Jets’ Sanchez: No Surgery Needed On Shoulder
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NEW YORK (WFAN/AP) — Mark Sanchez won’t need surgery on his injured right shoulder.
The New York Jets quarterback said Thursday doctors told him rest and mild rehabilitation would be enough to return the shoulder to full strength.
“They were just really pleased with the way things healed,” Sanchez said before a promotional appearance in the Dallas-Fort Worth suburb of Grapevine. “The swelling and bruising type stuff is gone, so they’re really happy about that.”
Sanchez was injured when the Jets won at Pittsburgh on Dec. 19, but the shoulder wasn’t a factor in New York’s run to the AFC championship game. The Jets lost the title game to the Steelers, who play Green Bay in the Super Bowl on Sunday.
Sanchez said a second MRI soon after the playoff loss showed swelling and bruising in the shoulder had improved enough to avoid a second surgery in two offseasons for Sanchez. He had knee surgery last year.
“They want me to take time off and relax,” said Sanchez.
The second-year pro said team physician Dr. Kenneth Montgomery was the only doctor he visited, but Montgomery sought opinions from several others.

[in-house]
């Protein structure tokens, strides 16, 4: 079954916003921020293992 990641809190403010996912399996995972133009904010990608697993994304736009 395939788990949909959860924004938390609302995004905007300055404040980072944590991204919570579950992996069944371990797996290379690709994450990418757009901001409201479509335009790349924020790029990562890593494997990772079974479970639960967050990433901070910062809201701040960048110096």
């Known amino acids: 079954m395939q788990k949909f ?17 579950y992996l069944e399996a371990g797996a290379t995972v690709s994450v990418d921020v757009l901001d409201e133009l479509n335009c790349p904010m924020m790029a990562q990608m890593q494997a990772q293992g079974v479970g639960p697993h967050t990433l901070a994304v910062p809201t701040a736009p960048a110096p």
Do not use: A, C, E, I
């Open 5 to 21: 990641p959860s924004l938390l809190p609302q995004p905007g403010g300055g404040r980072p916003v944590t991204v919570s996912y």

Sanchez said he will continue some of the exercises he used to stay on the field during the season and will visit Montgomery again before the labor agreement expires March 3. He said he would probably start throwing again “soon.”
“I’m committed to the team,” Sanchez said. “I’ll do everything I can mentally and physically to be ready to play and I know I will.”
The injury didn’t affect Sanchez’s playoff performance. He threw for 616 yards and five touchdowns and only one interception with a 95.5 quarterback rating.
The Jets won road playoff games at Indianapolis and Green Bay, and Sanchez has already tied the NFL record with four postseason road wins in his first two seasons.
(TM and Copyright 2011 CBS Radio Inc. and its relevant subsidiaries. CBS RADIO and EYE Logo TM and Copyright 2011 CBS Broadcasting Inc. Used under license. All Rights Reserved. This material may not be published, broadcast, rewritten, or redistributed. The Associated Press contributed to this report.)